University of California, Berkeley
"Algorithmic Program Synthesis with Partial Programs"
Why hasn’t Moore’s Law revolutionize programming? In model checking, cycles fuel bug discovery, improving code quality, but programmers still write programs with their bare hands. In fact, their work has not changed much since the CRT terminal, except that they think in better languages.
Program synthesis might be a way to reduce the programmer’s cognitive load. Synthesizers have derived programs that were highly efficient, and sometimes even surprising. Of course, they had to be first "programmed" with the human insights about the domain at hand.
Which brings us to a key problem in program synthesis --- how to communicate human expertise to the synthesizer. In deductive synthesis, this expertise is captured in a domain theory. Often elusive even to formally trained experts, a domain theory is probably not a shortcut to programmer productivity.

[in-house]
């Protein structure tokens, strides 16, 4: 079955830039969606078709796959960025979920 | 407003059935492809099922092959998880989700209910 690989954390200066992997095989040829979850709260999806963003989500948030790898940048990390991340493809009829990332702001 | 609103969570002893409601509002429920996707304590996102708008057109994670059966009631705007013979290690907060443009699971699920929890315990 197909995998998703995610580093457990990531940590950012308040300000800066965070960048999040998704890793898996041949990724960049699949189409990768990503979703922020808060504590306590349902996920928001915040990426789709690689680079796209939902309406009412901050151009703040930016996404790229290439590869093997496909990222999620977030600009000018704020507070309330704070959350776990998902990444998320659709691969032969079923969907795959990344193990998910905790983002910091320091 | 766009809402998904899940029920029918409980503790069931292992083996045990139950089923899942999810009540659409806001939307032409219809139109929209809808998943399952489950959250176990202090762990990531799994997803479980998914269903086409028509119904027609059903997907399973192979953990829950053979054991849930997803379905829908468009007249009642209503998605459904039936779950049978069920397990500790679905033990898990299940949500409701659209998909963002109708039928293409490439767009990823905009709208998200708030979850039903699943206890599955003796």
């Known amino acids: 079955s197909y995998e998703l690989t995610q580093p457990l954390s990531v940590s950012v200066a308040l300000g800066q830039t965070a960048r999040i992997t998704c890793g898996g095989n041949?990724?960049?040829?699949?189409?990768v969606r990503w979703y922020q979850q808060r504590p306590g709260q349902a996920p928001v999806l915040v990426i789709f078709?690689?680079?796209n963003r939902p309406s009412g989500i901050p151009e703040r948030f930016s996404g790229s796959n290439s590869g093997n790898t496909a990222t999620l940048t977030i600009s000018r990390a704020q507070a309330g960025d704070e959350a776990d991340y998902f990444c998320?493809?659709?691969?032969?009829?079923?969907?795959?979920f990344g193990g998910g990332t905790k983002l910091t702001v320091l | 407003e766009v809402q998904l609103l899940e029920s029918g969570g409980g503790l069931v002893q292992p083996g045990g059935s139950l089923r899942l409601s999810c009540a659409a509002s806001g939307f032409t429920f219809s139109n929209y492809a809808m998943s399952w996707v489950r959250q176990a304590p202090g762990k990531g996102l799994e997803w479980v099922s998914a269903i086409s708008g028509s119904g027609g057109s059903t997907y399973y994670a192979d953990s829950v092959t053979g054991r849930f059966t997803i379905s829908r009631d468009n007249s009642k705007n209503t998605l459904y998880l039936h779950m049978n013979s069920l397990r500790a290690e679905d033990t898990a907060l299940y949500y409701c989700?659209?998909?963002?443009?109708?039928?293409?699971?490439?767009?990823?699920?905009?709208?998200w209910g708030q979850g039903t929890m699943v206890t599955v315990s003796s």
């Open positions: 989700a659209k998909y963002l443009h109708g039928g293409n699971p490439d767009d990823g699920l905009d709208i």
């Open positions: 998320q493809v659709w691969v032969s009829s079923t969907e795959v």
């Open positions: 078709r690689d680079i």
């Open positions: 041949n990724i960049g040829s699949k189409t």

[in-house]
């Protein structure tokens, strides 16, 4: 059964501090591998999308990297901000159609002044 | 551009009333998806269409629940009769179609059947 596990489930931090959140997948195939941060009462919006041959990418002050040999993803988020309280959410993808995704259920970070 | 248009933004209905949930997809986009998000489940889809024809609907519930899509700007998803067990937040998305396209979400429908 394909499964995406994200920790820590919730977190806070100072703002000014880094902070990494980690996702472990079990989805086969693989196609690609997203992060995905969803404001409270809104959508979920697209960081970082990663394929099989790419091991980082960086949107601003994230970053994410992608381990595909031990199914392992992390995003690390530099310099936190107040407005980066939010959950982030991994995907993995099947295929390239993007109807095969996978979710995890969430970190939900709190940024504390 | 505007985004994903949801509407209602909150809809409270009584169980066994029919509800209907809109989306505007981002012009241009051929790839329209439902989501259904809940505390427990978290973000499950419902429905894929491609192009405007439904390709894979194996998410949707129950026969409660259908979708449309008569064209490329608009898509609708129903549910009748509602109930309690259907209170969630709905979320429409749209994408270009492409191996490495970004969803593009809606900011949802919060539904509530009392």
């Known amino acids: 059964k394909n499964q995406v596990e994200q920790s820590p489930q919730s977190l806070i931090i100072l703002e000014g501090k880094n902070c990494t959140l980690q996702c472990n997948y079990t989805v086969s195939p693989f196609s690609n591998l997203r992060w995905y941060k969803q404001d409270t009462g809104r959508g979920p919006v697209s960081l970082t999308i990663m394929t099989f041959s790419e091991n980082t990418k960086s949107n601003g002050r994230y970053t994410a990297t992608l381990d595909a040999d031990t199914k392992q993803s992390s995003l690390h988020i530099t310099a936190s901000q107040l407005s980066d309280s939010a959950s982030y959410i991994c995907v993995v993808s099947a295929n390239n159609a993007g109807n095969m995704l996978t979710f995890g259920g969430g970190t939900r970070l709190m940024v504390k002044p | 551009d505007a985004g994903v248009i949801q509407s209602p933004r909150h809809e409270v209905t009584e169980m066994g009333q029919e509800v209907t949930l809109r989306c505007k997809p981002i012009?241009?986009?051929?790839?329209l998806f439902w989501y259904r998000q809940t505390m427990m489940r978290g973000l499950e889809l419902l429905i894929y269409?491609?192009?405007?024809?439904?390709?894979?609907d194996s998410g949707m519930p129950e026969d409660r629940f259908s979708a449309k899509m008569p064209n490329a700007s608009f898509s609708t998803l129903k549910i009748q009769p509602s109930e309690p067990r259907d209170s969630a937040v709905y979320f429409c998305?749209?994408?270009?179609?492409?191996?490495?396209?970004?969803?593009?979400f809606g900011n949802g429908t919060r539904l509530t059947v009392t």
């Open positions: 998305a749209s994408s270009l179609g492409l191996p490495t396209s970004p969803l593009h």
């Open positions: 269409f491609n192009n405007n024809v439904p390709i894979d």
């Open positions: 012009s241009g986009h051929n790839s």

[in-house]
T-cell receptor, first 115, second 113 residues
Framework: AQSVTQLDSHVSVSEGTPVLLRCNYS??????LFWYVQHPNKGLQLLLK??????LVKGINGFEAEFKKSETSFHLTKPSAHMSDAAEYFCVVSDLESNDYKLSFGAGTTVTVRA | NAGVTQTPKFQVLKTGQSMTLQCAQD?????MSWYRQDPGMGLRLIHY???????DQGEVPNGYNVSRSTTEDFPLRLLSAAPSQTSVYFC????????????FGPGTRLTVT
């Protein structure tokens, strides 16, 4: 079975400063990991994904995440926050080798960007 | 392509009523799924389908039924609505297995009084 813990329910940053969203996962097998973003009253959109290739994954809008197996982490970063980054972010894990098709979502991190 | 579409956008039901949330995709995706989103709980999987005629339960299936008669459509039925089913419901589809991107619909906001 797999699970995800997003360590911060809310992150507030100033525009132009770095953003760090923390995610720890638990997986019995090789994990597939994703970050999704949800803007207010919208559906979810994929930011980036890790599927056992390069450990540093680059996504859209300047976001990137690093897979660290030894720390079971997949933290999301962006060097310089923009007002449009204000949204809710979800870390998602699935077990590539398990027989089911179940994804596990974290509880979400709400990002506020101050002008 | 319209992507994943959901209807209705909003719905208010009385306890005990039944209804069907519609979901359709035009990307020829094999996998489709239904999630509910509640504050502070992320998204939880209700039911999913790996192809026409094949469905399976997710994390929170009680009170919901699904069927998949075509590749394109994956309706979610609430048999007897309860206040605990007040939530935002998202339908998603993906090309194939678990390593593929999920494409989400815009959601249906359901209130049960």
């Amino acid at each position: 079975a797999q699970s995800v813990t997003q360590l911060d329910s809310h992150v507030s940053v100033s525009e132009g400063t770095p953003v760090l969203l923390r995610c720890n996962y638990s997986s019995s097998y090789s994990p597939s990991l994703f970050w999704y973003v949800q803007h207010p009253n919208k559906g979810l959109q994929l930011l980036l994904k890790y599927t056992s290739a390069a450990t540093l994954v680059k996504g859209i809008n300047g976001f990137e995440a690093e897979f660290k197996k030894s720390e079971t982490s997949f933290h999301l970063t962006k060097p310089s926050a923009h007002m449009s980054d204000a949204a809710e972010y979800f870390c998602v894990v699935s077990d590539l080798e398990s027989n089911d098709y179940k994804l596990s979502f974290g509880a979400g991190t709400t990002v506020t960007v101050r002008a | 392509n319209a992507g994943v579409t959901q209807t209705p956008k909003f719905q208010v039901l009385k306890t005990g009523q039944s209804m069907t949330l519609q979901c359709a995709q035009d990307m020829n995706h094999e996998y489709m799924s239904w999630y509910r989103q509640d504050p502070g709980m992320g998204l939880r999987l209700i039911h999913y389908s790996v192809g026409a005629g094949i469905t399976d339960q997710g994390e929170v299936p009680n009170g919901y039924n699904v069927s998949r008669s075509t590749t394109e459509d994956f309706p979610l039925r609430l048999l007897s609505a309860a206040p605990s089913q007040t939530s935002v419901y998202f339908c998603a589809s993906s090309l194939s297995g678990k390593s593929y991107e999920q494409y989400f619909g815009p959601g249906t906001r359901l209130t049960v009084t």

This talk will describe a growing family of synthesizers based on partial programs. Their premise is that programs can be decomposed into insight and mechanics: if the programmer encodes her insight as a partial program, the mechanics can then be synthesized given a specification. Partial programs lend themselves to algorithmic synthesis: rather than deducing a program with a theorem prover, algorithmic synthesis finds the program in a space of candidate implementations described by the partial program.
Among five synthesizers, I will describe an algorithm for finding a candidate by constraint solving, rather than via generate-and-test, and a system for programming with angelic non-determinism which computes the insight into a programming problem.
Ras Bodik is an Associate Professor of Computer Science at UC Berkeley. He is interested in programming systems, from static and dynamic analysis to programmer tools. He leads a project of program synthesis for high-performance programs based on the idea of program sketches. He also leads a project on parallel web browsers for mobile devices, which develops parallel parsing and page layout algorithms, as well as a constraints-based scripting language.
Tuesday, October 20, 2009
3:00 - 4:15
Wu & Chen
101 Levine Hall